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Minerva Medica 2016 February;107(1 Suppl 1):1-4


language: English

Asthma in pregnancy: one more piece of the puzzle

Alessandro ZANFORLIN 1, Angelo G. CORSICO 2, Fabiano DI MARCO 3, Vincenzo PATELLA 4, Nicola SCICHILONE 5

1 Multidisciplinary Medical Unit, San Luca Hospital, Trecenta, Rovigo, Italy; 2 Pneumology Unit, Department of Internal Medicine and Medical Therapy, San Matteo Polyclinic and Institute for Scientific Research, University of Pavia, Pavia, Italy; 3 Department of Pneumology, San Paolo Hospital, Department of Health Sciences, University of Milan, Milan, Italy; 4 Allergy and Clinical Immunology Unit, Department of Medical Sciences, Battipaglia Hospital, Battipaglia, Salerno, Italy; 5 Department of Internal Medicine, University of Palermo, Palermo, Italy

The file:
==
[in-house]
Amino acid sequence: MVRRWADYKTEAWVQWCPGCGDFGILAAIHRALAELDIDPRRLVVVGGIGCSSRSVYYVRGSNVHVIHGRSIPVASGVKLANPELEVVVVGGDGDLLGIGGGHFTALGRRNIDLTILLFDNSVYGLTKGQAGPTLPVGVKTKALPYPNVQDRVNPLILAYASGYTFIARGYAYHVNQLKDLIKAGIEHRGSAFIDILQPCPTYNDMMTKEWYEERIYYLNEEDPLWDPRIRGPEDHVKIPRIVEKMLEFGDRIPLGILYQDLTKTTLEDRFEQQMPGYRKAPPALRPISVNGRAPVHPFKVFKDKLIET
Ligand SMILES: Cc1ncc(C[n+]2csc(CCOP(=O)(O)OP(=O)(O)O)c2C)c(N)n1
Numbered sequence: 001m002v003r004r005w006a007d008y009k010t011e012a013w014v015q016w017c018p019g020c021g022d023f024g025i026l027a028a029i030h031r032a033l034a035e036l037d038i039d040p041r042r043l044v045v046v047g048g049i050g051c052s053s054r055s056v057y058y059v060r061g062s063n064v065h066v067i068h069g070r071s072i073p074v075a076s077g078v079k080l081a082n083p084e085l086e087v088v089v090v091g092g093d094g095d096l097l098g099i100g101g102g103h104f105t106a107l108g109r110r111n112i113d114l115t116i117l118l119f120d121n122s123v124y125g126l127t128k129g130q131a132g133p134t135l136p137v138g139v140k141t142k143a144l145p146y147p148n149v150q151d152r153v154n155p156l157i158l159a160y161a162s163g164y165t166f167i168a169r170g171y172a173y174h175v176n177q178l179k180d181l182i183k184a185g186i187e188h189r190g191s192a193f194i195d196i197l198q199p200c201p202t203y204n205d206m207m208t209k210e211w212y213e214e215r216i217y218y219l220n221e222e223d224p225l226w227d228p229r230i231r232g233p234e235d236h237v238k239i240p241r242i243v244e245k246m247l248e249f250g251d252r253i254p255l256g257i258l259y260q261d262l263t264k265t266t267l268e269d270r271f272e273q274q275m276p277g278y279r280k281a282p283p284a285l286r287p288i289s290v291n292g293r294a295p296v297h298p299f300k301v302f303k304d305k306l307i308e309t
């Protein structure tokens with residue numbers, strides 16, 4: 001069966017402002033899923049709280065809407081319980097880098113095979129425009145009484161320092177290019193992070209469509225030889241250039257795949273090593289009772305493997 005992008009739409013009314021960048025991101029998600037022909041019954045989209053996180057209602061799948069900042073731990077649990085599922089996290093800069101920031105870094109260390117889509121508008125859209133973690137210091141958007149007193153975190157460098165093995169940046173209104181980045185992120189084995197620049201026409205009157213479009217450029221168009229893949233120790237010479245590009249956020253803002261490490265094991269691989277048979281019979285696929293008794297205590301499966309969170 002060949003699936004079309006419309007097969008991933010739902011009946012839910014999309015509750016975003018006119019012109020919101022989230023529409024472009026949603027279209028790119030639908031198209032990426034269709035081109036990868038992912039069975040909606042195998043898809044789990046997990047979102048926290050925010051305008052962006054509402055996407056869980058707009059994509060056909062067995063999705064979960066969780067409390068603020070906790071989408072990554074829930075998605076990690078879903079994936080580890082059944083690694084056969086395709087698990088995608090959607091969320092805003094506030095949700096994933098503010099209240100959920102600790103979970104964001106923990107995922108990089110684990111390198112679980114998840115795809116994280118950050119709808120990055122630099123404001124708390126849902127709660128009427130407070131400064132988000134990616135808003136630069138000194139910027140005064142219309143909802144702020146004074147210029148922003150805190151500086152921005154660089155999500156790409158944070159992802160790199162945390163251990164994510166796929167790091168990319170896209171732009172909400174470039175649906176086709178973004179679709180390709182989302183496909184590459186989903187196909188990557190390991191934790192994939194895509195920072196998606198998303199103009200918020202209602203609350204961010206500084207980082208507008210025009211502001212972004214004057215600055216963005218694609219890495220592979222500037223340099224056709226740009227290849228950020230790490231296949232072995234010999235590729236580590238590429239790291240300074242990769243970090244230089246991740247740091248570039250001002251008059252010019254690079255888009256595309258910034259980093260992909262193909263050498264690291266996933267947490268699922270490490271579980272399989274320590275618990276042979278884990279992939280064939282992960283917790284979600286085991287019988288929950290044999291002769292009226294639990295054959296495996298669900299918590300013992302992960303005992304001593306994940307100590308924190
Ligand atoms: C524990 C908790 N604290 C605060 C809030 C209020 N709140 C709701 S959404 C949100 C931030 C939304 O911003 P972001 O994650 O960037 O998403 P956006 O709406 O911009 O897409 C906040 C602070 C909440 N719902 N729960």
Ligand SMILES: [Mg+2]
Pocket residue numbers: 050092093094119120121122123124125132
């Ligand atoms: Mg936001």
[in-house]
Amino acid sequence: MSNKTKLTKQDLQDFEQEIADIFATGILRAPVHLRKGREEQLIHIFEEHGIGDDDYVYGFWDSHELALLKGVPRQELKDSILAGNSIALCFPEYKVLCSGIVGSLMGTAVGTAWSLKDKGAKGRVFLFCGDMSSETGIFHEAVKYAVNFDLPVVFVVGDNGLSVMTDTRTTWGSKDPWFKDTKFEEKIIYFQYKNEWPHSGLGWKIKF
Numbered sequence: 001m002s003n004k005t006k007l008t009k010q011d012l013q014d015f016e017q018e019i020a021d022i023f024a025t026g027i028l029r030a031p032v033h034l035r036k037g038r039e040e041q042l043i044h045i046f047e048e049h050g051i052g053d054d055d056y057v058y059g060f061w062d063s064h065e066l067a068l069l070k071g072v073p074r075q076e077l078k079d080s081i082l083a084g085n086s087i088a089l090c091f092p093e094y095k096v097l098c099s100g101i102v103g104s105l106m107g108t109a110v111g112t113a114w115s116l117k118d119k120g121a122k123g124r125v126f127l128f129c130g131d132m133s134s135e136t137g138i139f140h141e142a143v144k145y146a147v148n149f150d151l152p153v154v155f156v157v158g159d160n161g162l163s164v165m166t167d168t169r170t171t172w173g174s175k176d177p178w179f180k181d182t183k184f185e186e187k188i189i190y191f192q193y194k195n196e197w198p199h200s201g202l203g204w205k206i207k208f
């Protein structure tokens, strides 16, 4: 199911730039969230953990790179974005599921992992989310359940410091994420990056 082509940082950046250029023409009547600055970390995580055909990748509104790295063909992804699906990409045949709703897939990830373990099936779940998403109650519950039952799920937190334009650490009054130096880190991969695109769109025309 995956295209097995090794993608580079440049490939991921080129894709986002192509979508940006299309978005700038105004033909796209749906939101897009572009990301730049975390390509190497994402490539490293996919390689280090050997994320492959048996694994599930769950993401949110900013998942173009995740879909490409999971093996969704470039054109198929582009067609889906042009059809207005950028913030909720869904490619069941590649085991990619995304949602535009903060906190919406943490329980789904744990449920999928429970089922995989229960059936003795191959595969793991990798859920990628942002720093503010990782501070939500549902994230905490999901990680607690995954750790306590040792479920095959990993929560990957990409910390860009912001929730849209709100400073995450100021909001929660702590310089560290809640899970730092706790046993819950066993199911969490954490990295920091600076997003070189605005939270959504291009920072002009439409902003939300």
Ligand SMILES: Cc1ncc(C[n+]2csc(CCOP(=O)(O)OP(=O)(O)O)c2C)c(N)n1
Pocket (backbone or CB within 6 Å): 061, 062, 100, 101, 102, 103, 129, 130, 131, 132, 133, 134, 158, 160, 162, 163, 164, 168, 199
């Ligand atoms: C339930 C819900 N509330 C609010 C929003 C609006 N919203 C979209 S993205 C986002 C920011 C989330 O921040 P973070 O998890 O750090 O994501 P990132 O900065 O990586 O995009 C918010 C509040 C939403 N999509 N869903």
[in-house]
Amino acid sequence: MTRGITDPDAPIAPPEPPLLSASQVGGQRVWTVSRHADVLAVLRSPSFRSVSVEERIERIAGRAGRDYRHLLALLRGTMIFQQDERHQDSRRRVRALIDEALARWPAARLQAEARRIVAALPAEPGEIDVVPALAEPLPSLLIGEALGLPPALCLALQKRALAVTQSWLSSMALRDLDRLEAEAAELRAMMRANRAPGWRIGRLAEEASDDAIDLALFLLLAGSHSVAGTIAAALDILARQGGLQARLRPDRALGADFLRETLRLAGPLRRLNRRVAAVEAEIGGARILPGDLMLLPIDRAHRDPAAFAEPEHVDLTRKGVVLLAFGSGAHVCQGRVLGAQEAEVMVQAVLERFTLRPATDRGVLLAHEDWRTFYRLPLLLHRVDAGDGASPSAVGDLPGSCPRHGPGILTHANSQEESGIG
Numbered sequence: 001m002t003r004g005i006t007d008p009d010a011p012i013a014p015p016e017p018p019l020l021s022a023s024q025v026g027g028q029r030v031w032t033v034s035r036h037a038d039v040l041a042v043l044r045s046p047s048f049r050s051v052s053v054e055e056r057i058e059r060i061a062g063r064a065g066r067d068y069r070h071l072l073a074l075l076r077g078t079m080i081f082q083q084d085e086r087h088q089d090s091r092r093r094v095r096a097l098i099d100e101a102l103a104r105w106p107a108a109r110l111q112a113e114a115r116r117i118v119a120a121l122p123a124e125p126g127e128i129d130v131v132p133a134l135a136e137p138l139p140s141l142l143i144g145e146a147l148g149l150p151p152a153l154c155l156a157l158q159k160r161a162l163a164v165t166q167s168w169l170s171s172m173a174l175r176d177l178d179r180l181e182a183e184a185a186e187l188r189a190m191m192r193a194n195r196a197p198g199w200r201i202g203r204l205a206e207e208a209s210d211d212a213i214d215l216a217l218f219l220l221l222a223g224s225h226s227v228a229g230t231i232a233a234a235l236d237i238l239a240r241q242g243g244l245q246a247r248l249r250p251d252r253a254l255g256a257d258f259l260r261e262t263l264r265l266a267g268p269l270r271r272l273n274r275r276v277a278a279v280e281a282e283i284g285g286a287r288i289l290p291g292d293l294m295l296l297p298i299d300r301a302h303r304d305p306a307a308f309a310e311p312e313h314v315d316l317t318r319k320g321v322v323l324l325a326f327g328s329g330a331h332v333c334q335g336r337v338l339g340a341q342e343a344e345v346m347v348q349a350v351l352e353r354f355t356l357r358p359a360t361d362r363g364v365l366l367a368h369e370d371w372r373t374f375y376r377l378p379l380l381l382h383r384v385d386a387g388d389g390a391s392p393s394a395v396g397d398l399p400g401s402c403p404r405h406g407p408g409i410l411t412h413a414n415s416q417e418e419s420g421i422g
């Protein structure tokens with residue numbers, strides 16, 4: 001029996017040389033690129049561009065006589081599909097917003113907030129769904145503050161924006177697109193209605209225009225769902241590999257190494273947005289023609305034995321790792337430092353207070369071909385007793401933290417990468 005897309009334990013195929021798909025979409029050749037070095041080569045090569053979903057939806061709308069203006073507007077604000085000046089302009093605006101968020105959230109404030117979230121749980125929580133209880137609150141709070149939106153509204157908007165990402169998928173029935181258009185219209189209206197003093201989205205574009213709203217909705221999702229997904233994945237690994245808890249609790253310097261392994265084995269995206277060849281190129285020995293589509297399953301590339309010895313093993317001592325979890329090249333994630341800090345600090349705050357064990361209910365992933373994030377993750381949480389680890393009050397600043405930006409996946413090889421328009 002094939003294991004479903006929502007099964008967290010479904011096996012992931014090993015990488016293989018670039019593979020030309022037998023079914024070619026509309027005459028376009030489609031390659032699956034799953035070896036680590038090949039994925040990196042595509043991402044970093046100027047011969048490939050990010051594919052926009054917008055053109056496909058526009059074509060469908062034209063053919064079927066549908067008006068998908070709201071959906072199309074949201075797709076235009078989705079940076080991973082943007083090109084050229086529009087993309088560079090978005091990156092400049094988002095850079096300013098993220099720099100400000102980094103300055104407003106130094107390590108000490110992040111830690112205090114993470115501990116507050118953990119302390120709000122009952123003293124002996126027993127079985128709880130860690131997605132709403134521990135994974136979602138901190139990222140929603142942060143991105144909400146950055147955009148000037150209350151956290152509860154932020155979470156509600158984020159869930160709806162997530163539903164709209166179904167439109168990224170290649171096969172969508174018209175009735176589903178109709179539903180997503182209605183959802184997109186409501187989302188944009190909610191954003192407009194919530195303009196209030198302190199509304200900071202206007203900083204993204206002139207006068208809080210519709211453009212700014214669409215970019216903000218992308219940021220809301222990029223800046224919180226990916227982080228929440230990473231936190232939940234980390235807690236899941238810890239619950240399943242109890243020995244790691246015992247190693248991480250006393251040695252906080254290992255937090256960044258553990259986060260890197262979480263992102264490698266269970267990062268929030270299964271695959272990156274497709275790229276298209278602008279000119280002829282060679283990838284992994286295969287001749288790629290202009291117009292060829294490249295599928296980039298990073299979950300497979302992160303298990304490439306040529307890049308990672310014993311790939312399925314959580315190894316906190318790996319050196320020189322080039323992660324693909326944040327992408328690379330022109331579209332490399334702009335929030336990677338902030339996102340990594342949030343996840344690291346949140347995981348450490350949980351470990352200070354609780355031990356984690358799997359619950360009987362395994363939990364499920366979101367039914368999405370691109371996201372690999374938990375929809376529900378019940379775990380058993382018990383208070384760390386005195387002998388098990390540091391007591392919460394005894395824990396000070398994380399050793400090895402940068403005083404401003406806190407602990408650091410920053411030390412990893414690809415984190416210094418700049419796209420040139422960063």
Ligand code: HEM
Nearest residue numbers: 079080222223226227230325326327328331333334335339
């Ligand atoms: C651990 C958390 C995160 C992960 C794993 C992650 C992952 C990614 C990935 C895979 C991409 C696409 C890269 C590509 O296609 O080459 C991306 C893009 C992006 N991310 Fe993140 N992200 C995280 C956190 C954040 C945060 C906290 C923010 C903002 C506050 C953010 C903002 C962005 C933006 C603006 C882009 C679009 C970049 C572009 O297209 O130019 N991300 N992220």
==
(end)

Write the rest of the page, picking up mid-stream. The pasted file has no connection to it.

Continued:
Asthma is the most commonly occurring respiratory complication during pregnancy, and is associated with a wide range of adverse maternal and perinatal outcomes. However, there is strong evidence that an adequate control of asthma can improve the health of both mothers and their babies. Despite the well-known risks of poorly-controlled asthma during pregnancy, a large proportion of women have sub-optimal asthma control, due to concerns surrounding risks related to pharmacological agents and uncertainties regarding the effectiveness and safety of different management strategies. A recent retrospective study showed that step-up therapy with low-dose inhaled corticosteroids / long-acting β2-agonist inhalers (ICS/LABA) or high-dose ICS presents the same risk profile in terms of major congenital malformations. These results are consistent with asthma management guidelines and provide scientific evidence to help physicians and mothers make evidence-based treatment decisions during pregnancy, particularly when stepping up to higher doses of ICS or addition of a LABA are required. These reassuring results should encourage women to continue their asthma medications when required to control their asthma during pregnancy and increase the likelihood of healthy pregnancies and newborns. This commentary focuses on some critical issues of this recent work and to the need of future study to evaluate the safety during pregnancy of novel molecules recently introduced for asthma treatment.

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